Cyrus Broacha is a morning person. He also seems to be one of those people who have a plan for each day, a schedule they rigorously follow. Coming up against that side of his personality can be surprising, especially if you take the persona he’s cultivated over his many public appearances and TV shows over the years — the eternal prankster, bumbling funnyman, a modern-day Bertram Wooster — to represent who he really is. But within minutes of a conversation, you see quite another side of Cyrus.
We’ve set up a 9 am telephone call for a Wednesday, over a series of messages on Tuesday as he’s been shut up in a recording studio all day. Cyrus calls at 8.55 am, and (as a non-morning person) I have to request a few minutes to pull out a notepad and pen and get into “interview mode”. He gives me 10 minutes, then calls back in a little under that, and we get right down to business.
We’re talking about his new book Netagiri, “a satirical take on a power-obsessed society”, which some reports say, was written against the backdrop of the recent general elections.
“I was talking to my publishers last year, about a new book, and we talked about cricket being the subject of it. But cricket is the one thing I do take seriously… So we were thinking about what else could be topical and lend itself to satire and the general elections were around the corner, so that’s how the book came about,” Cyrus says.
At the heart of Netagiri is Paul Huskee, who must rescue the people of Gyaandostaan from an oppressive regime by confronting his greatest fears — which includes talking to women. Cyrus describes Paul as a “comedy of errors kind of guy”, someone who is “in the wrong place at the wrong time, or the right place at the right time” depending on which way you want to look at it. And since every tale of triumph needs a villain as much as it does a hero, Netagiri has a bad guy too. Cyrus, however, says he hasn’t made the distinction quite so black and white in his story. “It’s more about someone who is clear in his path, and someone who isn’t quite so clear,” he explains.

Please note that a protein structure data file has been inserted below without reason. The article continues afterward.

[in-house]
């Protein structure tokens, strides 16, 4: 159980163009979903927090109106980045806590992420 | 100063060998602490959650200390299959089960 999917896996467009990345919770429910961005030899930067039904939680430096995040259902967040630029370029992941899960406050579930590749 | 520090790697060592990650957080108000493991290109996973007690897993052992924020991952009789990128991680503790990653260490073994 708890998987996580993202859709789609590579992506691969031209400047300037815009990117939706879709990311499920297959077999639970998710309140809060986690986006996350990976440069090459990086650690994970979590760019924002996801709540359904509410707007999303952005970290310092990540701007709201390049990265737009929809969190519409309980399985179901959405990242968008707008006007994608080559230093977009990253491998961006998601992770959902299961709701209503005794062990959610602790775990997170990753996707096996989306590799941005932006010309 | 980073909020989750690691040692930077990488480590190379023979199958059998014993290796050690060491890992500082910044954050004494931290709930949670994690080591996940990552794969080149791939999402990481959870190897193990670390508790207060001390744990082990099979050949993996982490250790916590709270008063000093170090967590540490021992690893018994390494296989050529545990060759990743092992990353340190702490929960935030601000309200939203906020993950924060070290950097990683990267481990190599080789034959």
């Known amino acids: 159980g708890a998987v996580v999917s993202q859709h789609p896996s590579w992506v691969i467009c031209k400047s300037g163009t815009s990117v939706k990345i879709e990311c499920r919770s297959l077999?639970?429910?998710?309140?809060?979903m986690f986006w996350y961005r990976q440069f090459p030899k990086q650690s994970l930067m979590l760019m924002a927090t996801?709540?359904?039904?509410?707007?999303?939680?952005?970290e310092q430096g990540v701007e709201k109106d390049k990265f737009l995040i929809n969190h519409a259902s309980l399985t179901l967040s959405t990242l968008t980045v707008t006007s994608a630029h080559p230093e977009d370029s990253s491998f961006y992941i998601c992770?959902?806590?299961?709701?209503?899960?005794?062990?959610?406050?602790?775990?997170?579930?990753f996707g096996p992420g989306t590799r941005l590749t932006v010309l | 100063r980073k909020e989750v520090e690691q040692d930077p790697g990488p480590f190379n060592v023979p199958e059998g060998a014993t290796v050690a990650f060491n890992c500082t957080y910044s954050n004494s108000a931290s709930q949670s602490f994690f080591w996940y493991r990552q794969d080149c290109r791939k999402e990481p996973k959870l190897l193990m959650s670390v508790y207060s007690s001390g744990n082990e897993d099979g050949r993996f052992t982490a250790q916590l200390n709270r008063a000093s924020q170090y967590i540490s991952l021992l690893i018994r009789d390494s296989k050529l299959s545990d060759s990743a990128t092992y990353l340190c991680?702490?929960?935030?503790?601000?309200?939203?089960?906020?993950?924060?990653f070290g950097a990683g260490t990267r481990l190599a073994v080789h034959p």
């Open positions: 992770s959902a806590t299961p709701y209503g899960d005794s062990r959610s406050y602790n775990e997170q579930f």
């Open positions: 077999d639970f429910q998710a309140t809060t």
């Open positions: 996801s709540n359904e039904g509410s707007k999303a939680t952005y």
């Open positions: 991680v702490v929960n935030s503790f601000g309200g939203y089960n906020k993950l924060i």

And lest these characters seem reminiscent of some from our own political landscape, Cyrus quickly clarifies that Gyaandostaan and all of its denizens are purely works of fiction. “I was the J.K. Rowling of my world, so I had complete freedom to do what I wanted,” he says. There was another type of freedom — to let his story grow spontaneously. “I did have a vague idea of where I wanted the story to go (but not the specifics). I write like I talk,” Cyrus says. “When I was in acting school in New York, my teacher told me that the word ‘decide’ comes from the Latin root that means ‘to kill’. So I believe, like my teacher did, that when you plot and plan too much, when you decide it all beforehand, then what you’re doing is following a craft, rather than an art.”
In a way, Cyrus’ own books are biographies too, sketches of the characters he and (his close friend and frequent creative collaborator) Kunal Vijaykar inhabit in the public sphere. Netagiri diverges but little from his previous books like Karl, Aaj Aur Kal and The Average Indian Male, in its chronicling of a type of male protagonist, in that sense. So, how about setting a story around a female protagonist? “Well I barely even understand men!.. so writing about women…”
Also, what he writes, and how he writes has a lot to do with why he writes, Cyrus adds: “People write for different reasons. I write because I want to make people smile.”